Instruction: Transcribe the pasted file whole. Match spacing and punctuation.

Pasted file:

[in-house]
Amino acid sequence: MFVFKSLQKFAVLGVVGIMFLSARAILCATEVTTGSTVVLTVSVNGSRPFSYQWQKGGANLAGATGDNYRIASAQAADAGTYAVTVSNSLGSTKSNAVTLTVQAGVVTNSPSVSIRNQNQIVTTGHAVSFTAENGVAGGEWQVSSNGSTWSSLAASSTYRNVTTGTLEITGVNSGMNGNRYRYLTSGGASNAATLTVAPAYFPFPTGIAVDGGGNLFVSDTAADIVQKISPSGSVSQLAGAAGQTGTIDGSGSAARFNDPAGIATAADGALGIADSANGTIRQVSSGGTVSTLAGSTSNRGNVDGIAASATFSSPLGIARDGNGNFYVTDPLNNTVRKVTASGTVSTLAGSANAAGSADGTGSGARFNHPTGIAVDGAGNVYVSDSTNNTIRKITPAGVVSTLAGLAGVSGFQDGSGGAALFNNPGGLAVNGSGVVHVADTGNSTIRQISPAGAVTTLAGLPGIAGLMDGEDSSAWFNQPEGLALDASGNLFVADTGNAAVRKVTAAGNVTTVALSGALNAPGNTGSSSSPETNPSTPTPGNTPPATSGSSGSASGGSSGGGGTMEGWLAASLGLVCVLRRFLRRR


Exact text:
[in-house]
Amino acid sequence: MFVFKSLQKFAVLGVVGIMFLSARAILCATEVTTGSTVVLTVSVNGSRPFSYQWQKGGANLAGATGDNYRIASAQAADAGTYAVTVSNSLGSTKSNAVTLTVQAGVVTNSPSVSIRNQNQIVTTGHAVSFTAENGVAGGEWQVSSNGSTWSSLAASSTYRNVTTGTLEITGVNSGMNGNRYRYLTSGGASNAATLTVAPAYFPFPTGIAVDGGGNLFVSDTAADIVQKISPSGSVSQLAGAAGQTGTIDGSGSAARFNDPAGIATAADGALGIADSANGTIRQVSSGGTVSTLAGSTSNRGNVDGIAASATFSSPLGIARDGNGNFYVTDPLNNTVRKVTASGTVSTLAGSANAAGSADGTGSGARFNHPTGIAVDGAGNVYVSDSTNNTIRKITPAGVVSTLAGLAGVSGFQDGSGGAALFNNPGGLAVNGSGVVHVADTGNSTIRQISPAGAVTTLAGLPGIAGLMDGEDSSAWFNQPEGLALDASGNLFVADTGNAAVRKVTAAGNVTTVALSGALNAPGNTGSSSSPETNPSTPTPGNTPPATSGSSGSASGGSSGGGGTMEGWLAASLGLVCVLRRFLRRR